Collective Security and American Foreign Policy: From the League of Nations to NATO

By Roland N. Stromberg | Go to book overview

III. America and World Peace in the 1920's

The Decline of Collective Security

OF THE two decades between the end of World War I and the beginning of World War II, economist W. Arthur Lewis has remarked that, to future historians, "they will appear at the same time among the saddest, the most exciting, and the most formative in human history. . . . There can have been few periods of 21 years into which so much experience has been packed. . . . An age of dislocation and an age of experiment."1 The League of Nations was one vessel into which sadness, excitement, hope, and perhaps formation were packed. There were also the rise of Communism, Fascism, and Nazism and a terrible economic depression, along with "vast experiments designed to eliminate it." There were an intense pacifism and new forms of violence, along with much brilliance and disturbance in the worlds of thought, literature, and art. The doctrine of collective security was only one ingredient in this explosive mixture. It was fated, however! to play no small part in the as yet largely unevaluated tragedy of these years that saw one war breed another, greater war.

Though the League of Nations became a flourishing institution, the idea of enforced peace declined during the 1920's. There was as much of a battle over Article 10 at Geneva, beginning with the first meeting, as there had been in the U.S. Senate. Canada led the onslaught against it, demanding nothing less than its complete suppression (which ranged the Canadians alongside Borah and the "irreconcilables"). "We live in a fireproof house far from inflammable materials," the Canadian delegate pointed out, in explaining why Canada had no desire to serve in a permanent fire brigade. Broadly speaking, this was the position of all the states that stood in no imminent need of protection but would have to do the protecting.2 The two chief fac-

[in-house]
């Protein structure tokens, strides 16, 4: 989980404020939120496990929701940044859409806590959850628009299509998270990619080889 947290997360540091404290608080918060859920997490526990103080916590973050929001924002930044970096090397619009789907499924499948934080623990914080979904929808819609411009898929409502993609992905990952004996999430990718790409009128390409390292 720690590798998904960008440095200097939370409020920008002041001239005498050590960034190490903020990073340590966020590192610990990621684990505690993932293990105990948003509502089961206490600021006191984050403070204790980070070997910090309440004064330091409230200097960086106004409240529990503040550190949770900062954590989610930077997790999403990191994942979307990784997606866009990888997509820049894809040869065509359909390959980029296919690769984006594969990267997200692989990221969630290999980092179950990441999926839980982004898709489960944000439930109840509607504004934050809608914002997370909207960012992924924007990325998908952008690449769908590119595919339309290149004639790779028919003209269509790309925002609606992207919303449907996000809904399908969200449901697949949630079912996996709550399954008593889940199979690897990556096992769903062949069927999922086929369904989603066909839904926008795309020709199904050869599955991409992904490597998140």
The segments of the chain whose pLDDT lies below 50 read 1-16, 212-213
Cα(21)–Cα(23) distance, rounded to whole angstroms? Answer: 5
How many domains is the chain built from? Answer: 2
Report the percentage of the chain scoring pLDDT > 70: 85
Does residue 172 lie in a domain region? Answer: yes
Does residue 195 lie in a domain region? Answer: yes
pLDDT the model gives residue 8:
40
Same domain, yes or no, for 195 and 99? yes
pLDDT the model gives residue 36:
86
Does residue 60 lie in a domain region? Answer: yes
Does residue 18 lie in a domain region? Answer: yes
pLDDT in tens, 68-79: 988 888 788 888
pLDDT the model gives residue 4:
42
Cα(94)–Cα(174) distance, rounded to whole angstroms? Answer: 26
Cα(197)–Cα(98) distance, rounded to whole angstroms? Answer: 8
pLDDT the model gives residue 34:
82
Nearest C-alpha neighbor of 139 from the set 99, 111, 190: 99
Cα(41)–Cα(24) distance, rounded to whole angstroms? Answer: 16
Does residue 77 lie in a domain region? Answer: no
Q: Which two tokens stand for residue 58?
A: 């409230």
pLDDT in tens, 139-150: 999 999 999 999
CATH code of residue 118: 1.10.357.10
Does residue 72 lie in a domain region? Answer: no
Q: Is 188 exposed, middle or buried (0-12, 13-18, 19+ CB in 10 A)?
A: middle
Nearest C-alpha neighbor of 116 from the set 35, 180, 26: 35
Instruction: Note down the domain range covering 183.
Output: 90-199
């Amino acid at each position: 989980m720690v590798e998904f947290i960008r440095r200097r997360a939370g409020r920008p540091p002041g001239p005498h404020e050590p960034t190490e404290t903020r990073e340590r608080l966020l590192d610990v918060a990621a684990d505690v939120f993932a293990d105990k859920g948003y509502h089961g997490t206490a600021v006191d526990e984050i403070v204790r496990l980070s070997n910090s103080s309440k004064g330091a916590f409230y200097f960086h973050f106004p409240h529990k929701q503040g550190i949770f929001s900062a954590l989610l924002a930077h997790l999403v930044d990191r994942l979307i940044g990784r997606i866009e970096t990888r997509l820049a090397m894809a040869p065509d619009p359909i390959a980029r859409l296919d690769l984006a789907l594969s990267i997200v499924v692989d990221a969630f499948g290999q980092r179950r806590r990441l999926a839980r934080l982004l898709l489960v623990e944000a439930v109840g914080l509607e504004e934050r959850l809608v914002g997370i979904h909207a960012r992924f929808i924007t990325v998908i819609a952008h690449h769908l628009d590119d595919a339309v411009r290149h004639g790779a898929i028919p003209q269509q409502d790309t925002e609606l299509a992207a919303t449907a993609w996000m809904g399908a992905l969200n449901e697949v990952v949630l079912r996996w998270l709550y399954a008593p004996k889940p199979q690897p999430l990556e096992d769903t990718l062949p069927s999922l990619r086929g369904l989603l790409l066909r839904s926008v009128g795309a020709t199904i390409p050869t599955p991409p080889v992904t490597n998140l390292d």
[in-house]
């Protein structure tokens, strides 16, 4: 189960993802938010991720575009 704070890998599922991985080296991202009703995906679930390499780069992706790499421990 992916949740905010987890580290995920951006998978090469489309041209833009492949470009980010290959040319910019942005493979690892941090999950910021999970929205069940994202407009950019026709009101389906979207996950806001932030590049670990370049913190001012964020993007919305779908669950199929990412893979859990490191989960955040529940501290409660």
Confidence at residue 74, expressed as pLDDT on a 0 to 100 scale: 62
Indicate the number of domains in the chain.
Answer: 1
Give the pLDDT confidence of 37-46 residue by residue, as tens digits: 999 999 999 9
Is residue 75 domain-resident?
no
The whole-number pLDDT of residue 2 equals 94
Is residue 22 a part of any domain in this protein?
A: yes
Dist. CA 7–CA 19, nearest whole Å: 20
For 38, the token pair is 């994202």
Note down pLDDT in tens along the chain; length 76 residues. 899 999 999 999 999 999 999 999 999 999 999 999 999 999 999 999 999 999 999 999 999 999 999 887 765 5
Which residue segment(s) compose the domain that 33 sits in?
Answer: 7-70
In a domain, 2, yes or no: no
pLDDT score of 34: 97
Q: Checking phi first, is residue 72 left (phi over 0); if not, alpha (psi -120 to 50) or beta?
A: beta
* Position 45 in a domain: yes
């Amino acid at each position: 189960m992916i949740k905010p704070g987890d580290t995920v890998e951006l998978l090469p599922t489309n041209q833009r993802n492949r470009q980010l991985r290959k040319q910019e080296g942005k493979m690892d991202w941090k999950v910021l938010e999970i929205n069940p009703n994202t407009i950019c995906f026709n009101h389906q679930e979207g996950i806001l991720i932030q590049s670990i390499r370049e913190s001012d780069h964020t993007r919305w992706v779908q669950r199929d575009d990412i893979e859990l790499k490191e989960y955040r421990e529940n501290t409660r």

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Collective Security and American Foreign Policy: From the League of Nations to NATO
Table of contents

Table of contents

  • Title Page iii
  • Preface v
  • Contents ix
  • I - Peace by Force? 3
  • II - Wilson and the League of Nations 22
  • III - America and World Peace in the 1920's 46
  • IV - The United States and the "Rape of Manchuria" 66
  • V - The Collapse of European Security: 1933-36 87
  • VI - Neutrality, Collective Security, and War: 1937-40 109
  • VII - American Entrance into the War 137
  • VIII - The Four Policemen 156
  • IX - The Second Failure 186
  • X - Collective Security in the Nuclear Age 213
  • XI - Concluding Analysis 230
  • Postscript 249
  • Notes 253
  • Bibliography 279
  • Index 293
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